Volkswagen eventually confessed to installing pollution-cheating devices on 11 million vehicles. The software sensed when the 2.0- and 3.0-liter cars were being tested by the EPA and activated pollution systems at the expense of power. It disabled the controls during real-world conditions to give vehicles more performance, however, causing them to emit up to 35 times the legal level of nitrogen oxide. That gas is known to cause respiratory problems and kills up to 30,000 people per year in the UK alone.
The company agreed to settle federal and state lawsuits for $14.7 billion, including $2.7 billion toward an EPA fund to clean up the damaged caused by the polluting cars. Regulators recently agreed to VW's plan to fix 70,000 2015-and-later 2.0-liter models, though buyers also can also sell them back to Volkswagen for the full retail price.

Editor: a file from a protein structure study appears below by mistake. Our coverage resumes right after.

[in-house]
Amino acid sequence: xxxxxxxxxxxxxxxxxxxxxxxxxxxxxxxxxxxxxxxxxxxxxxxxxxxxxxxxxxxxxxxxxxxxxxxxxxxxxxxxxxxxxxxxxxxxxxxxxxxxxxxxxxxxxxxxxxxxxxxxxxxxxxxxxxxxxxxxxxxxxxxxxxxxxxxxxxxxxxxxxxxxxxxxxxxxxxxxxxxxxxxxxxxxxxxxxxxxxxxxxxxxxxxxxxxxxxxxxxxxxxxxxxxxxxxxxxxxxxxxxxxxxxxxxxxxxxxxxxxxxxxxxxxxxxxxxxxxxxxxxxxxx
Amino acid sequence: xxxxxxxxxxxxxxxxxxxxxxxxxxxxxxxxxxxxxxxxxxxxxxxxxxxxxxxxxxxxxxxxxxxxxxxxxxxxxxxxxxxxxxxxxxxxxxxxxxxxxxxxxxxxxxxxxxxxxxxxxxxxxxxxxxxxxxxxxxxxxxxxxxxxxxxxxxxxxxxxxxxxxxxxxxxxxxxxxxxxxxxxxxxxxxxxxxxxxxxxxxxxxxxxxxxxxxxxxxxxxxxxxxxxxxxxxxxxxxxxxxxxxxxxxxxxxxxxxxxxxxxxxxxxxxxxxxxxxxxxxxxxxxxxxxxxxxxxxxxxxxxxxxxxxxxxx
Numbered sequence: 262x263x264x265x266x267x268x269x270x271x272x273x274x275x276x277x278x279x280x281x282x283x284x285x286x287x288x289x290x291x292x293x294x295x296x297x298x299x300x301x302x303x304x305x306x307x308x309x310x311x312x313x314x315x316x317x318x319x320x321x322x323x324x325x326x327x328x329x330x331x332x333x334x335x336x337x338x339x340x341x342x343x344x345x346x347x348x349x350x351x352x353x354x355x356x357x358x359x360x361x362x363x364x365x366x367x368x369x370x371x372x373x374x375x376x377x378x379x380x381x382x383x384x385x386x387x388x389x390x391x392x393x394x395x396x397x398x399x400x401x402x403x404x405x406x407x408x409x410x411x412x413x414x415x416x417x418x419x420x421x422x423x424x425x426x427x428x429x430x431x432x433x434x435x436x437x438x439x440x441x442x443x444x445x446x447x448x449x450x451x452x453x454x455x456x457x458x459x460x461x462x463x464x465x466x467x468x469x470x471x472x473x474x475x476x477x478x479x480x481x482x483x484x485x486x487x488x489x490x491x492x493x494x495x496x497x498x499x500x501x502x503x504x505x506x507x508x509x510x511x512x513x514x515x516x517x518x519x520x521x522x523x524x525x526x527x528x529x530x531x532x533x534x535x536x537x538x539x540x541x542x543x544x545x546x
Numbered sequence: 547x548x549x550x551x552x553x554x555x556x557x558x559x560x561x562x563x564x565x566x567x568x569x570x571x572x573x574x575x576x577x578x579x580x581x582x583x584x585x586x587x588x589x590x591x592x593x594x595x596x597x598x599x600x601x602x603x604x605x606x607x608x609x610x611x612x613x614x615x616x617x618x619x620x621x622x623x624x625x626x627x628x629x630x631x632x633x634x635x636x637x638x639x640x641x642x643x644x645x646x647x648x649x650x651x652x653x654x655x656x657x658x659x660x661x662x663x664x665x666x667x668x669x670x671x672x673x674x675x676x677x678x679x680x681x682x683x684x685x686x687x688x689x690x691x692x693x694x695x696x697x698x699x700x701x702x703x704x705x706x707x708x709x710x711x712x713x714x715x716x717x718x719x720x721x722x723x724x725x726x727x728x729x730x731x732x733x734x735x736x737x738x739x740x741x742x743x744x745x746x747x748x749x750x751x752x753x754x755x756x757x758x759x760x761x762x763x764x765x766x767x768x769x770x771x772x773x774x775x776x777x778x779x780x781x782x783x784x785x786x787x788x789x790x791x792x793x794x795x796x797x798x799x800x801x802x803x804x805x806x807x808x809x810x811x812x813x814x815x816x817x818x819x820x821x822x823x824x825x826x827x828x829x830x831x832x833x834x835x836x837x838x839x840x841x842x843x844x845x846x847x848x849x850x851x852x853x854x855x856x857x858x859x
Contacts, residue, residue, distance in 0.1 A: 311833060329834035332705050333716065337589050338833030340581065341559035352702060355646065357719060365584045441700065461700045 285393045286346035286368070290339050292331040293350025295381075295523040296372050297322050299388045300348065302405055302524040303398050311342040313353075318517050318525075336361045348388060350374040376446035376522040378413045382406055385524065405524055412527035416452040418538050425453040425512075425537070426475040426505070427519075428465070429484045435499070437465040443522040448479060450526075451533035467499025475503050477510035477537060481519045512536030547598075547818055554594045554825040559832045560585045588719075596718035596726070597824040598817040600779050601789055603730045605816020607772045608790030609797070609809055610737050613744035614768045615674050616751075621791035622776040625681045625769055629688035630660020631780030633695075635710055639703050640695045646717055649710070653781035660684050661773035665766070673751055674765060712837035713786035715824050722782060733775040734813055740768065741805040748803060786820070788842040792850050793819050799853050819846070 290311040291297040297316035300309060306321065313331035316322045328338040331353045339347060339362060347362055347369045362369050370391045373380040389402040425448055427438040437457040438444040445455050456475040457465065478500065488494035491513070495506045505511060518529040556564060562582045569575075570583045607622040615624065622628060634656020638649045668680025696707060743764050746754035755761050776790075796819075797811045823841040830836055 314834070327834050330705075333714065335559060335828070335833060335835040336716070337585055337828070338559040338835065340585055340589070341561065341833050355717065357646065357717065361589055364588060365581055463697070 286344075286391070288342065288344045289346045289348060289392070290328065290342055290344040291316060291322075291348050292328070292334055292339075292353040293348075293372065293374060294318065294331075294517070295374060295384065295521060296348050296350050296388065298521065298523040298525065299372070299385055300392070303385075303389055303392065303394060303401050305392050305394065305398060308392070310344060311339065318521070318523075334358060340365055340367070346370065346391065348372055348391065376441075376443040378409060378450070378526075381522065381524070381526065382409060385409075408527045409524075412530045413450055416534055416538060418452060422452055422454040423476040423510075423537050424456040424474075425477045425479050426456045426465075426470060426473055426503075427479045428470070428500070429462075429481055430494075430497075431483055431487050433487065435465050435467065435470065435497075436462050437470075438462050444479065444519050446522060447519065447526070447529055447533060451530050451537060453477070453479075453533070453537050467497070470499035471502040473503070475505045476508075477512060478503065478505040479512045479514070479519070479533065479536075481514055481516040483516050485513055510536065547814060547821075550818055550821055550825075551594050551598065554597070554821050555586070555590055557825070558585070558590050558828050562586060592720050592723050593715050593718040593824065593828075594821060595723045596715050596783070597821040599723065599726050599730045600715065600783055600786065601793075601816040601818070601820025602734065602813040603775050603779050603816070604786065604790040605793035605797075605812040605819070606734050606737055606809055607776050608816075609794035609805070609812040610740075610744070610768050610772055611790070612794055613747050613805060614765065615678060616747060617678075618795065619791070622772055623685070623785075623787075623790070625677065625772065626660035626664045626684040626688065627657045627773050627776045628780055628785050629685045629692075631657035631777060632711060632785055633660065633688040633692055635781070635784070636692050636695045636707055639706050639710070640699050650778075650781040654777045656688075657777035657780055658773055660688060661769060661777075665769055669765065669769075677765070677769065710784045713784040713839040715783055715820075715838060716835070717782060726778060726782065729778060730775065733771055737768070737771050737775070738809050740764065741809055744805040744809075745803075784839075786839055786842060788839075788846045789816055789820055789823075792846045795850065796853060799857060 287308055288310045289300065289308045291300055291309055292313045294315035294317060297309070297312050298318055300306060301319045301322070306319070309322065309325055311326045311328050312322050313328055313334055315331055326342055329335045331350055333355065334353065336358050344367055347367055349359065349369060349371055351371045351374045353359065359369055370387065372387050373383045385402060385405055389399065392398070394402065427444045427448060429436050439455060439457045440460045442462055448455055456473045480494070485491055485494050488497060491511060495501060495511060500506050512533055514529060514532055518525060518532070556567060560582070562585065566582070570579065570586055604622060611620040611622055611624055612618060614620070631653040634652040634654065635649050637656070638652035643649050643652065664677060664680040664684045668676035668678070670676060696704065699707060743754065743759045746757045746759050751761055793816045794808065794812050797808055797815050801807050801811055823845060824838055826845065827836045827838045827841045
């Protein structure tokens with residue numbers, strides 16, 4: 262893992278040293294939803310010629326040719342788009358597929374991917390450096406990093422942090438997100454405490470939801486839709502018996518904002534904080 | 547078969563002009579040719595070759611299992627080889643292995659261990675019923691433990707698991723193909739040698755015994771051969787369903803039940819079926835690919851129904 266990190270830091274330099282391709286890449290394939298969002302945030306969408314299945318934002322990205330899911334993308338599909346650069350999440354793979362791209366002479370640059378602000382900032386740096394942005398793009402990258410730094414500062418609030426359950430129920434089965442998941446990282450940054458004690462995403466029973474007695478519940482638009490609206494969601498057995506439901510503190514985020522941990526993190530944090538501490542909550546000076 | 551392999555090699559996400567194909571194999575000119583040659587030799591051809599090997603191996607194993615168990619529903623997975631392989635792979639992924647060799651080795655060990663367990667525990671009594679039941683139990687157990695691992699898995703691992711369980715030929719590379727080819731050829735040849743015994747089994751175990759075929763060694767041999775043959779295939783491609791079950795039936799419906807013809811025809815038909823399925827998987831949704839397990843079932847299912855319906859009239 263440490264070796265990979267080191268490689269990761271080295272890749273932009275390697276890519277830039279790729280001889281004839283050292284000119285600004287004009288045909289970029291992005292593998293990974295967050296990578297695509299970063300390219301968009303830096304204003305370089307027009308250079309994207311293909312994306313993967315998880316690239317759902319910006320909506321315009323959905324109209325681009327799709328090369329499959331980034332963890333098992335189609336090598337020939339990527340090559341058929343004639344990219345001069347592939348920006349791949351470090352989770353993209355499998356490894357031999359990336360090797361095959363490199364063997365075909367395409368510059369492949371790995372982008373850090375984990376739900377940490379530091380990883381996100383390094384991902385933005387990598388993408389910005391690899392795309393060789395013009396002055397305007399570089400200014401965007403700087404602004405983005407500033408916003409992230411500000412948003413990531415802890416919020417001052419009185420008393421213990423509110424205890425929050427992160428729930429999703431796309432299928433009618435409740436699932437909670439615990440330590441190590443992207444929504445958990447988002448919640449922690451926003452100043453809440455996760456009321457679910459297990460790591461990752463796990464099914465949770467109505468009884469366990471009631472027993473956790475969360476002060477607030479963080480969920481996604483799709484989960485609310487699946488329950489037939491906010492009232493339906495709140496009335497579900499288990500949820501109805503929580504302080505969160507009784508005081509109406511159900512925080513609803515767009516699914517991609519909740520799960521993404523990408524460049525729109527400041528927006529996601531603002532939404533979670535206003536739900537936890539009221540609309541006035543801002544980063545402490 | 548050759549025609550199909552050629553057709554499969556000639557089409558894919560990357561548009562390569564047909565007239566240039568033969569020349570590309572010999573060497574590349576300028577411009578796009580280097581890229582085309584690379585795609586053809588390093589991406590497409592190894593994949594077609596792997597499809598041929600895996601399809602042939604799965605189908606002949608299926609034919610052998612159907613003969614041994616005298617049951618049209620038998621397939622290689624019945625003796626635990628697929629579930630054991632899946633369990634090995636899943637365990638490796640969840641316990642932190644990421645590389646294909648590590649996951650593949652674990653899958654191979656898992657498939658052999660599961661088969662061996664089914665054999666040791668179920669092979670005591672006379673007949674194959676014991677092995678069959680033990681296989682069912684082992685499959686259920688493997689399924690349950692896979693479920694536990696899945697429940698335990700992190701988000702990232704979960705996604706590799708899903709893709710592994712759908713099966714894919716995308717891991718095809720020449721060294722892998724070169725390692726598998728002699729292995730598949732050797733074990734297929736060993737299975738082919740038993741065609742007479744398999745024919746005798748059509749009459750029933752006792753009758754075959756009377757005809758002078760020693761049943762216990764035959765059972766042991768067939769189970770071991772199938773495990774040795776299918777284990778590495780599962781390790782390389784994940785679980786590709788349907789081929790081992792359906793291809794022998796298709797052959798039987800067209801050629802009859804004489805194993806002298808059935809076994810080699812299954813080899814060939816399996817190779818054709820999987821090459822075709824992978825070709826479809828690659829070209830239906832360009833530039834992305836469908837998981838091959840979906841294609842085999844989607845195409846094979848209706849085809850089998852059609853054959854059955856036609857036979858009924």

[Audi's] V6 has exactly the same issue [as Volkswagen diesels], but not public yet. They have not been caught.
In a July press conference, NY state Attorney General Eric Schneiderman said the company only admitted the scam "when they knew the regulators had the goods on them." To illustrate the point, he showed an email sent from Oliver Schmidt to a VW spokesperson that read, "[Audi's] V6 has exactly the same issue [as Volkswagen diesels], but not public yet. They have not been caught." That, Schneiderman said, shows that, "these actions highlight how stubborn and unrepentant the culture at Volkswagen is that gave rise to the systematic cheating and deception described in this complaint."
Volkswagen would not confirm the arrest, telling the NYT that while it's cooperating with law enforcement, "it would not be appropriate to comment on any ongoing investigations or to discuss personnel matters." Volkswagen engineer James Liang pleaded guilty to similar charges last September, but if the report is accurate, Schmidt would be the biggest name charged in the scandal so far.